Feedback Keeps Illegal Shop In Business
21 May 2019
by Timothy Bentley
In our neighbourhood, there’s a store that doesn’t have a license to operate. Recently, someone asked an employee whether the authorities had ever shut it down.
“Of course,” he calmly replied. “It happens all the time.”
“So what then?”
“Well, they escort our customers out, take our products away, and give us a fine.”
Responding to negative feedback
The thing that caught my attention about that exchange is that it appeared to be about negative feedback.
Feedback is supposed to encourage people to make better decisions and behave more effectively.
So the employee was asked how the owners react to negative feedback. “What do they do after the raids?”
“Simple. They open up again.”
What’s confusing is that the proprietors receive negative feedback but ignore it. They re-open, knowing the same negative feedback will occur again and again.
That’s not how feedback is supposed to work.
But then, there’s one other piece of feedback I forgot to mention.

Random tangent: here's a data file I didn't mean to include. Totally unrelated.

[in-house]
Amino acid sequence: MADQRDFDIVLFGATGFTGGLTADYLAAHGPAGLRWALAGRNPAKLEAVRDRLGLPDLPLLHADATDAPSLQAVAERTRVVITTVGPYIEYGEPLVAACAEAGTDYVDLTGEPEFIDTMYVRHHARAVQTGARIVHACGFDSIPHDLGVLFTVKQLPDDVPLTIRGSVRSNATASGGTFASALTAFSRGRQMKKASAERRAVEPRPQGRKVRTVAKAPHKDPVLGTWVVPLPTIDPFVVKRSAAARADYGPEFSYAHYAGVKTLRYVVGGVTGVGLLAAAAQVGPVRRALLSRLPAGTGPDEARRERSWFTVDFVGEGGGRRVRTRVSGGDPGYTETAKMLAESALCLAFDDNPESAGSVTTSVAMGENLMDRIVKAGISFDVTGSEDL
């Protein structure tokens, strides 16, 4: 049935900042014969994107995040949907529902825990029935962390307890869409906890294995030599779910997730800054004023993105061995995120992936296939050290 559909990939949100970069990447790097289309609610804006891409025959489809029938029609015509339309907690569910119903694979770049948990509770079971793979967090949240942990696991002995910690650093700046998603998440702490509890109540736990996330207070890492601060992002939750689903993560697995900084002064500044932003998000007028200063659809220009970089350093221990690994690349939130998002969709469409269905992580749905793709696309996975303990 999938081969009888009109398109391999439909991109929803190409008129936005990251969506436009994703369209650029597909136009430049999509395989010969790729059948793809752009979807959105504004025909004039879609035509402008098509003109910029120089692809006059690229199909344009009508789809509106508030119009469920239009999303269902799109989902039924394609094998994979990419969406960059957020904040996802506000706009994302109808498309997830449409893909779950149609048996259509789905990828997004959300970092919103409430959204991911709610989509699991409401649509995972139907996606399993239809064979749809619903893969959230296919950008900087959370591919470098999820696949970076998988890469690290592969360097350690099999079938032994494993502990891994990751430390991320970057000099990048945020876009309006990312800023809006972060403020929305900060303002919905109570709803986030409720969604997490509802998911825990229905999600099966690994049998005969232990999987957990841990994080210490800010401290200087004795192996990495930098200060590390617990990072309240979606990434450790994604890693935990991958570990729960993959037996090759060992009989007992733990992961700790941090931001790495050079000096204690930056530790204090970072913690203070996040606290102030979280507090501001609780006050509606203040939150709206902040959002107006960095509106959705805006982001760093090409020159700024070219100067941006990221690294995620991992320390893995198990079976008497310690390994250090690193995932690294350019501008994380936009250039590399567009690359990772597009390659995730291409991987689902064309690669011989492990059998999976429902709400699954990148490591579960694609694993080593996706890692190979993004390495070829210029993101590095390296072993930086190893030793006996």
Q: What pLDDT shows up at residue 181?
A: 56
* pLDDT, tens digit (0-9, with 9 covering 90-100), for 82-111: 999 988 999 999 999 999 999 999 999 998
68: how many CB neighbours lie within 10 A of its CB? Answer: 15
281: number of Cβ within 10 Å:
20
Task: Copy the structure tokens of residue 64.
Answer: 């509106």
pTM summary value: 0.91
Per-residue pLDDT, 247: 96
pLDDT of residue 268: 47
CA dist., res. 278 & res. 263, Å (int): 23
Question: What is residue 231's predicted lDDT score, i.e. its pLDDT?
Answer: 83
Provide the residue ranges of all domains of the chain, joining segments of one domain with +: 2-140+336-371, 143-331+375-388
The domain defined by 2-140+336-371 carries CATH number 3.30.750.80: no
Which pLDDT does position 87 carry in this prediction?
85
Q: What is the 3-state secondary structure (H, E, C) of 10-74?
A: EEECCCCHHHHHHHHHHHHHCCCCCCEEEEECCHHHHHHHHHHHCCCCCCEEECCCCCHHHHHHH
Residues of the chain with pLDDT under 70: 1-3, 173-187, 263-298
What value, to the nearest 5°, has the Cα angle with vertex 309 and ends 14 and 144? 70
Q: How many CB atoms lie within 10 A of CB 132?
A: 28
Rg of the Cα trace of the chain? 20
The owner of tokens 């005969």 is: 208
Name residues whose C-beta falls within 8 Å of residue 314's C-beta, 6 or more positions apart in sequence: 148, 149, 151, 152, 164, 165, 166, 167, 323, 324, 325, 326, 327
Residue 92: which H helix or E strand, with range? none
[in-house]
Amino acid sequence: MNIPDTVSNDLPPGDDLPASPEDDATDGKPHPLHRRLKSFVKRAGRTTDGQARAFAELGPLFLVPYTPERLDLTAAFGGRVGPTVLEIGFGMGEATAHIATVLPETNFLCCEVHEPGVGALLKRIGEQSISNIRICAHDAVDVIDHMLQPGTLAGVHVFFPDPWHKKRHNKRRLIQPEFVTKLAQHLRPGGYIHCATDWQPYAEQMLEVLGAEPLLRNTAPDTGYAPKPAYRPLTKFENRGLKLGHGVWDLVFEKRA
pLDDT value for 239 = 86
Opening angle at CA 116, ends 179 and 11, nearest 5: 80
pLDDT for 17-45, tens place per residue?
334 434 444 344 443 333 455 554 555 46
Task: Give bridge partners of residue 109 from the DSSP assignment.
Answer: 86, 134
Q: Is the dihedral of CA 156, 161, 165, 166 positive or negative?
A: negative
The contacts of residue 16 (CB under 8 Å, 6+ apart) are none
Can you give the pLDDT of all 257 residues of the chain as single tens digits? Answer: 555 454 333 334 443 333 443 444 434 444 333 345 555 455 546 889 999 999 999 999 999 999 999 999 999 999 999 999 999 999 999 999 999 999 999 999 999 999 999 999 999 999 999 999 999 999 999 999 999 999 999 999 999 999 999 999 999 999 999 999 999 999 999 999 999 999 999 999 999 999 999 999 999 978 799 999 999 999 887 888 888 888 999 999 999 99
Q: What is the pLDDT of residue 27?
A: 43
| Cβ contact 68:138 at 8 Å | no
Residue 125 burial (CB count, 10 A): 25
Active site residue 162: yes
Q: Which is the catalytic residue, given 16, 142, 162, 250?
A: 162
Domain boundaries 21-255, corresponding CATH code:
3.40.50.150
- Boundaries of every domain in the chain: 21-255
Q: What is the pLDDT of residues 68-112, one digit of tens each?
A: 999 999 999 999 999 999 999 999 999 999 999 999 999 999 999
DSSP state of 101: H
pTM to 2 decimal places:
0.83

Every day, there’s a lineup to get into the store. Hundreds of customers show up each week, spend money, leave happy, and return again soon.
That’s positive feedback. And in the case of our neighbourhood business, it clearly outweighs the critical stuff.
All of which may raise intriguing questions about your organization. For instance:
If a leader is rated critically by most employees, but receives regular bonuses, where’s the motivation for change?
If an employee is rated critically by vulnerable direct reports, but praised by a powerful supervisor, who is s/he going to try to please?
If a middle manager receives 360-degree feedback, but notices that senior executives are not subject to feedback at all, how seriously will s/he take the feedback?
Feedback is a complex process. To make it effective, it’s crucial to open our eyes to all the factors involved.
Otherwise, you can count on it, people behaving badly will just keep on doing it.
Timothy Bentley is Chief Operating Officer of Panoramic Feedback.